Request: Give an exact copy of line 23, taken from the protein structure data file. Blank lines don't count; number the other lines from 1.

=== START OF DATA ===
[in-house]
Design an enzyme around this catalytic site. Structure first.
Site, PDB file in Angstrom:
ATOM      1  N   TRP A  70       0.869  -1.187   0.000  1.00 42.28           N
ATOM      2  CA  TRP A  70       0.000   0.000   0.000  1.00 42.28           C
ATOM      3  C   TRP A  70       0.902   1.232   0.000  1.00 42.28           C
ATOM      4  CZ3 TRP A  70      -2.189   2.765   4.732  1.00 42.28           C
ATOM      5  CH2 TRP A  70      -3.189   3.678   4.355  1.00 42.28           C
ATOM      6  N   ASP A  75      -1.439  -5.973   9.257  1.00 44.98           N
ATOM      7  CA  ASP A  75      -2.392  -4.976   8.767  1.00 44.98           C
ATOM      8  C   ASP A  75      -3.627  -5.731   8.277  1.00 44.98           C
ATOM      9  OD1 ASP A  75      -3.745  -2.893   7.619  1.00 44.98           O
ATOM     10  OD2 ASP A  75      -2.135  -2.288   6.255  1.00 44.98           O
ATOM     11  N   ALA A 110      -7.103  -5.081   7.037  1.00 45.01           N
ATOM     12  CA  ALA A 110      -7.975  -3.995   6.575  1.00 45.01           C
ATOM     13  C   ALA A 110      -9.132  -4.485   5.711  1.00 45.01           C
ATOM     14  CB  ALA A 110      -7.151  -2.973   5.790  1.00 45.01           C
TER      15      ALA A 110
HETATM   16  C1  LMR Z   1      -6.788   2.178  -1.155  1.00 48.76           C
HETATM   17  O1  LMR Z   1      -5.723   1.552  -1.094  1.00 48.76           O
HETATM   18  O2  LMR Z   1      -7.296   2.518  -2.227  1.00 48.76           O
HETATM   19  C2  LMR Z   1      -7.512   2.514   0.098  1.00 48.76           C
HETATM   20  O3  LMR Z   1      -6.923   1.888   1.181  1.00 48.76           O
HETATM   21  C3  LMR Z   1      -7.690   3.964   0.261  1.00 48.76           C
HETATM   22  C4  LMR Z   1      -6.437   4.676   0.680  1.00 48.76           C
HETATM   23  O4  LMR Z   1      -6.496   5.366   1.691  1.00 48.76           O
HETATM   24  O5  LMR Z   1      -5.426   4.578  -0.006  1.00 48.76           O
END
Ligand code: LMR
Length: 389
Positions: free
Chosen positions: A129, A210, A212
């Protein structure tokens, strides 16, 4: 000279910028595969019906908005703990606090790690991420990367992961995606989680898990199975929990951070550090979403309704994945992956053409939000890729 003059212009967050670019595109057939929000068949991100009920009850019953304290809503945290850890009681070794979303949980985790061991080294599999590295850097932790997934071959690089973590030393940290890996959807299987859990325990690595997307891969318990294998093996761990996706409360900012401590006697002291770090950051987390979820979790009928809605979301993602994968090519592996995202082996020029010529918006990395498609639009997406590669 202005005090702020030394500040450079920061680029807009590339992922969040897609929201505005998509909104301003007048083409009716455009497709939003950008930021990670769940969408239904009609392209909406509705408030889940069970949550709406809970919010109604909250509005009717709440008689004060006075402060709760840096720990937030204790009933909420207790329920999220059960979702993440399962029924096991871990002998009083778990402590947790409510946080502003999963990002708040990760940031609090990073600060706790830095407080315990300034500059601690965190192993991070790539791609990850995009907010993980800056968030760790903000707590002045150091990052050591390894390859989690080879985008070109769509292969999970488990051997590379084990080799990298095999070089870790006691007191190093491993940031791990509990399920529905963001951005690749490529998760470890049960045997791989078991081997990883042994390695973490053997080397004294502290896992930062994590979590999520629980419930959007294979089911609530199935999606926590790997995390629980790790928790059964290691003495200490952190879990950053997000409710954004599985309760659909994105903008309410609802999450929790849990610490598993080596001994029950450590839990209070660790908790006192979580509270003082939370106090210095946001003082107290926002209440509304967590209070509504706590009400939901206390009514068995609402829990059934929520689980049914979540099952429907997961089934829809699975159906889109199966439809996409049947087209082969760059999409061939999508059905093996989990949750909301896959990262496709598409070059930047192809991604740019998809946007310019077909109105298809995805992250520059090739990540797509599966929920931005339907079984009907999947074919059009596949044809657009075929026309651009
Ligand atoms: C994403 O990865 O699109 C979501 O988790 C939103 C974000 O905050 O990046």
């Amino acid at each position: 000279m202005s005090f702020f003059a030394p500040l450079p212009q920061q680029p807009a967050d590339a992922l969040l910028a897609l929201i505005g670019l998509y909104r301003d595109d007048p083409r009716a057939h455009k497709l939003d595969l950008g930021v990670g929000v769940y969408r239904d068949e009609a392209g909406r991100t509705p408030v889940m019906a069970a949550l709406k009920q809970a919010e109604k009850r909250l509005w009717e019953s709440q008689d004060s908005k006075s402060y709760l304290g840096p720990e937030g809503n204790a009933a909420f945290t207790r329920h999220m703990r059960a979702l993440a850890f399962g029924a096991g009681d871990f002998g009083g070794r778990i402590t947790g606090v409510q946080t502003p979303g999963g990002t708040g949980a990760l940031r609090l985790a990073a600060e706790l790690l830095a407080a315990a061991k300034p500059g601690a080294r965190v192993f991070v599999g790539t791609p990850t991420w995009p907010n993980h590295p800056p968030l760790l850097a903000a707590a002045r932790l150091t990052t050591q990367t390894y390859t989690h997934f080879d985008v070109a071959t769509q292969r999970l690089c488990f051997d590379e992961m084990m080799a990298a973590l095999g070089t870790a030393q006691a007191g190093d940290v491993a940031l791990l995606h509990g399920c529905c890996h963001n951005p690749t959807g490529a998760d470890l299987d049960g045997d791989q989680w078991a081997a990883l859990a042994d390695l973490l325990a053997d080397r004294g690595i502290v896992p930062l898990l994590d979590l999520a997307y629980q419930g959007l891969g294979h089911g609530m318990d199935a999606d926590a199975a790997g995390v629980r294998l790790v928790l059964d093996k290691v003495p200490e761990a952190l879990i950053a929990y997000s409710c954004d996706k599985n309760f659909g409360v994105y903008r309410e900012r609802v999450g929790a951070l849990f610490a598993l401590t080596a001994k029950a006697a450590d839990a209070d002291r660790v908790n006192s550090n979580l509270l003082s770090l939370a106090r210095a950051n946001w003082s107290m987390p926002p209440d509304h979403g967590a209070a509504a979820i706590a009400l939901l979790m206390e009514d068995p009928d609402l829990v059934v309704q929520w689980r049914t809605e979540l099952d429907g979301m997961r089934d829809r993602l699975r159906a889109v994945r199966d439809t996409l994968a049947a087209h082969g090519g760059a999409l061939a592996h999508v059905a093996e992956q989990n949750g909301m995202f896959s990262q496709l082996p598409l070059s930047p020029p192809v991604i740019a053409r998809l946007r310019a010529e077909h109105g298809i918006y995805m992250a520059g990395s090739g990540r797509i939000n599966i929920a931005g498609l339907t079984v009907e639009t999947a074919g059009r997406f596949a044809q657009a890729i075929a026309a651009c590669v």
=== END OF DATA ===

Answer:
HETATM   20  O3  LMR Z   1      -6.923   1.888   1.181  1.00 48.76           O